In this course, participants will master the tools necessary to generate new ideas and quickly transform those concepts into a viable pipeline of new products and services. They will learn a highly effective method of idea generation called Systematic Inventive Thinking used by many global firms across a wide variety of industries. They will also learn a suite of design thinking tools to take new concepts and put “life” into them. Generating ideas is not enough. Design thinking takes new ideas and sculpts them into market-winning products and services. Participants will learn the mechanics of each S.I.T. tool, and practice the use of each on a real product or service. Additionally, they will learn from a panel of seasoned practitioners and experts in the fields of innovation, new product development, and venture start-up.
In June, Jacob Goldenberg and I released our new book, Inside the Box: A Proven System of Creativity for Breakthrough Results. It has since been featured on the front page of Wall Street Journal and numerous other publications and media outlets.
Recently, we each did live webinars talking about the project. Take a look at both webinars so you can learn why I am called "The Street Rat" and Jacob is called "The Lab Rat."
Both titles are well deserved! We hope you find these useful.
Pinterest has joined the elite group of social apps along with Facebook, Twitter, LinkedIn, Youtube, and Google Plus. "Pinterest is a Virtual Pinboard that lets you organize and share all the beautiful things you find on the web." How popular is it? It is the fastest site ever to break through the 10 million unique visitor mark. A report by Shareaholic claims, “Pinterest drives more referral traffic than Google+, LinkedIn and YouTube combined.” As of May 2013, Pinterest was valued at $2.5 billion. There are many creative ways to use Pinterest. New apps are emerging around it much like what happened with Twitter. But to maintain growth, Pinterest needs innovation. Let's apply Attribute Dependency, one of five techniques of Systematic Inventive Thinking, to Pinterest.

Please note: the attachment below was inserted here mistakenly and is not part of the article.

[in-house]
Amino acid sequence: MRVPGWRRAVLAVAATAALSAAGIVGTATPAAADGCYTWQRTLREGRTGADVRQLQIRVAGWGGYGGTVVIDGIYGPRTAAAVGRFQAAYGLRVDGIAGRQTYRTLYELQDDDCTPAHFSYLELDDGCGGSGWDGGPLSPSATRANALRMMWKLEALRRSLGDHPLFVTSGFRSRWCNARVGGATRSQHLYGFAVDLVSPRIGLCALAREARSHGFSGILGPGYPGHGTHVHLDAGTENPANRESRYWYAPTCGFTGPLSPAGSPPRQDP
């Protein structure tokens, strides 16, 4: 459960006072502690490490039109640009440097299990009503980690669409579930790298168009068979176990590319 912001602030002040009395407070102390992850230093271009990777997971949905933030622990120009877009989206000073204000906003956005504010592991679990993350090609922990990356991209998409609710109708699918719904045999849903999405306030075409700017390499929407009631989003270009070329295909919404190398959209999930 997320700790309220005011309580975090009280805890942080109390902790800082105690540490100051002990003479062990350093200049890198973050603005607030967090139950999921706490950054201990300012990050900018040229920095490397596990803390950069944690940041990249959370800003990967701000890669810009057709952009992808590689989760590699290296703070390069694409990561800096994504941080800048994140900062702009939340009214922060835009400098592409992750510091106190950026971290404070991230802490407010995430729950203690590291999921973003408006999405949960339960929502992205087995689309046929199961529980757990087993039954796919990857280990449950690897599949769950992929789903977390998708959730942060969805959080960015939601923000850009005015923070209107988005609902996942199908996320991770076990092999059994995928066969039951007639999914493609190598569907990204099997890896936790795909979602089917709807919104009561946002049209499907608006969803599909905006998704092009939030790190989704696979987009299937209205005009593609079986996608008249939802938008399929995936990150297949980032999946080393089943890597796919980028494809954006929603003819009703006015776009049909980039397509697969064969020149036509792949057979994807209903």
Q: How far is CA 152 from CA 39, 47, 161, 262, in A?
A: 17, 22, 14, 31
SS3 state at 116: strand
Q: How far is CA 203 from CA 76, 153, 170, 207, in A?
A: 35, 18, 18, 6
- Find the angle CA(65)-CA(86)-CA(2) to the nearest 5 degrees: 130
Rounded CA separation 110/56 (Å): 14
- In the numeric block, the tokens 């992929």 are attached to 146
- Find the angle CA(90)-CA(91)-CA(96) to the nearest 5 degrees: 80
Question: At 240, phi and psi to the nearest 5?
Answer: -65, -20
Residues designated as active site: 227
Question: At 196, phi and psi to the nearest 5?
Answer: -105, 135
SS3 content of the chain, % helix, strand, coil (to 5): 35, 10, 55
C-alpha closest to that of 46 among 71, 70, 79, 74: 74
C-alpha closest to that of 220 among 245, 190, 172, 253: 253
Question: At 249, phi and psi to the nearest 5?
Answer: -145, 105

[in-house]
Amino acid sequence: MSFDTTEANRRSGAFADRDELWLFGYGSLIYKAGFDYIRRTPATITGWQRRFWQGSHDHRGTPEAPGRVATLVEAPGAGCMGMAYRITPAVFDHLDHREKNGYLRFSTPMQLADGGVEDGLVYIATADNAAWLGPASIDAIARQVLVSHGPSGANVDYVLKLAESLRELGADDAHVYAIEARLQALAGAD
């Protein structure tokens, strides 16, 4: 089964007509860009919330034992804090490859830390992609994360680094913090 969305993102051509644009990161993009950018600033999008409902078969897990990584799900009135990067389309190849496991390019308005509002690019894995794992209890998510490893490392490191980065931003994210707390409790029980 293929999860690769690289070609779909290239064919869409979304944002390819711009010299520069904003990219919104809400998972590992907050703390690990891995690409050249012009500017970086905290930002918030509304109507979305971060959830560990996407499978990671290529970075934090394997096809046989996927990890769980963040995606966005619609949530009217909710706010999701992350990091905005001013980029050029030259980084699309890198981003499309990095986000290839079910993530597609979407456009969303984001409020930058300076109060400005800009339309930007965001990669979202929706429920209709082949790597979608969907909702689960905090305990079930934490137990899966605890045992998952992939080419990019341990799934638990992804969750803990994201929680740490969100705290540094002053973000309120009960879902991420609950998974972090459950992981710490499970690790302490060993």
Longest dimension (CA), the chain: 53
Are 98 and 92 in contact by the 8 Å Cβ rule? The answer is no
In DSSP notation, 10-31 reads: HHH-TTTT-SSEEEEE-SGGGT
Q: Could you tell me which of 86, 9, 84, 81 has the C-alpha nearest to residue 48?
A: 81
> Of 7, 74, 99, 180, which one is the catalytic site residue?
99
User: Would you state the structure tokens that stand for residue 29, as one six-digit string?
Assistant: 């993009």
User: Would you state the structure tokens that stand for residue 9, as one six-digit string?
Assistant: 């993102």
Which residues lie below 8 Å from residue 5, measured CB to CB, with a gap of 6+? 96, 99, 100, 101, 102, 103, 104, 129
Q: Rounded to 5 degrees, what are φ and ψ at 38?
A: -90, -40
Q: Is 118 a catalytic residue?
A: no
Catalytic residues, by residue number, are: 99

Launchpad (www.launchrightnow.com), a product design, development, and collaborative resource hub, wants your ideas. Founded in January 2013 as a fresh player in the consumer product development industry, Launchpad partners with people whose ideas - from kitchen gadgets to software apps - need help to move along.
Google, Apple, Facebook, Samsung, and Amazon are in a mad scramble to enter new territory and cover gaps in their strategies. The one that gets ahead and stays ahead will earn bragging rights in what may be the most significant business battle of all time. These companies are the Fabulous Five.
Let's look at how each company is placed in the following domains: hardware design and manufacturing, software development and integration, consumer retailing, mobile, voice and digital communications, social, search, and entertainment. Why these? I believe the company that covers the biggest footprint across these domains and integrates them in a way that touches the most consumers will become the dominant lifestyle company. Notice I did not call it B2B, B2C, or even the dominant tech company. The battle being fought here is to become a part of the consumer's life in a way that allows the company to learn key insights that can be monetized. It is the battle for the consumer subconscious in a way.